Charting a New Course for Juvenile Justice: Listening to Outsiders

Article excerpt

I. INTRODUCTION

We have spent a lot of time in the Cook County Juvenile Court defending young people charged with serious crimes. Like many lawyers who do this work, we have struggled to understand and to comprehend the larger phenomenon of serious crime committed by children in order to understand the dimensions of this work better and to be a better advocate for children. Is there an increase or decrease in serious crime committed by juveniles? Are the children we now see in juvenile and adult court different or the same as the children we saw when we first became lawyers--almost thirty years ago for one of us and nearly fifteen years for the other? Are children at risk of engaging in delinquent behavior different than those who were at risk when we began practicing law? Are our young clients in fact more predisposed to lawbreaking and less likely to be rehabilitated than the children we represented in the past? We have also struggled to understand the dynamics that all too frequently place children at risk of lengthy incarceration. Are the children we see in juvenile court and criminal court now less likely to have a traditional family in place to support them? If that is true, what can be said about the prospects of those children for safe, happy, and productive lives?

These are questions that we lawyers representing children, as well as prosecutors, judges, and legislators should have tried more energetically to answer with the help of those, like the authors whose work is reviewed here, who have the expertise to help us. Our juvenile justice system has suffered as a result. Decision making is too often based upon intuition. Policies are too often dictated by the aberrational case and controlled by the quick fixes that prosecutors and politicians propose in order to get themselves re-elected rather than upon non-political solutions supported by research. As a consequence of political, rather than research-based responses, we increasingly try children as adults, impose harsh prison sentences upon children, and commit ourselves to supporting the lengthy prison sentences that will inevitably produce even more dangerous and incapacitated adults for us to worry about and care for in the future.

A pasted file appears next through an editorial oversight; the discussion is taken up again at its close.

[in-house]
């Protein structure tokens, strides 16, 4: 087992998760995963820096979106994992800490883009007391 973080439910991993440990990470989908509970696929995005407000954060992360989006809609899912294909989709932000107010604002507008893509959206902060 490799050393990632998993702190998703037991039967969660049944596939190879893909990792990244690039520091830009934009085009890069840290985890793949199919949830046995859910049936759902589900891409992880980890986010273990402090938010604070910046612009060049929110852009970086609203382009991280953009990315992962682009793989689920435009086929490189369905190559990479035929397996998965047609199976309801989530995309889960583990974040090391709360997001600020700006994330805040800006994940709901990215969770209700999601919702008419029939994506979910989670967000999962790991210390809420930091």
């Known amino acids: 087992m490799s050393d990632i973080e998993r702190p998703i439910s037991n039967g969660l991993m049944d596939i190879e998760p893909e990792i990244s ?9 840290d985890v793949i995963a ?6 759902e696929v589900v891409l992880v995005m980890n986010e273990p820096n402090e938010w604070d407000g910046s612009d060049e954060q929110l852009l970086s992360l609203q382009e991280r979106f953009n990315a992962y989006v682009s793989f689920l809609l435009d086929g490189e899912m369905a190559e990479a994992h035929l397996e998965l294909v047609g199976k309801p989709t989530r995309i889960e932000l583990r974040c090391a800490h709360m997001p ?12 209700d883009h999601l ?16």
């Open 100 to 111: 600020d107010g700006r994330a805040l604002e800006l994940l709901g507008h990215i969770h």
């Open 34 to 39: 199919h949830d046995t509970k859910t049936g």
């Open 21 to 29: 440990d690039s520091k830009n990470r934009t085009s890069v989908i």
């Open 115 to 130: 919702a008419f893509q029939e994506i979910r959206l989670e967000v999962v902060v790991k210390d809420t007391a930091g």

The blame for this sad state of affairs rests squarely on the shoulders of all who work in the juvenile justice system--judges, prosecutors, defense lawyers, as well as the legislators who provide the legal framework that guides our work. Each of these groups is motivated by different pressures that prevent them from basing decisions and policies upon the facts. Prosecutors and legislators ignore merit- and research-based solutions because they must get themselves elected. As will be demonstrated below, the facts are complex and the solutions involve a good deal of trial and error. Judges are less blameworthy because their duty is to follow the law that prosecutors and legislators move through the legislative process. However, the failing of judges is their reticence to speak out and propose thoughtful solutions based on what they see on a daily basis--the senseless injustices done to children. While a few judges are sympathetic to the new draconian approaches to juvenile justice, and so do not speak out because they support "get tough" policies, other judges fail to speak out because they believe that by doing so they will inevitably become involved in the political process, violating the Code of Judicial Conduct's prohibition against judges becoming involved in political activity and creating the impression that they lack impartiality. But judges are permitted to speak out on subjects which will advance the cause of justice, and juvenile court judges have, perhaps, the best overview of the problems that our juvenile justice system faces.(1) Their voices must be heard if rational juvenile justice policies are to emerge.

Lawyers for children are at fault because they have failed to lead. Their failure is all the more egregious because they know their clients best and should have organized to tell their stories more effectively. …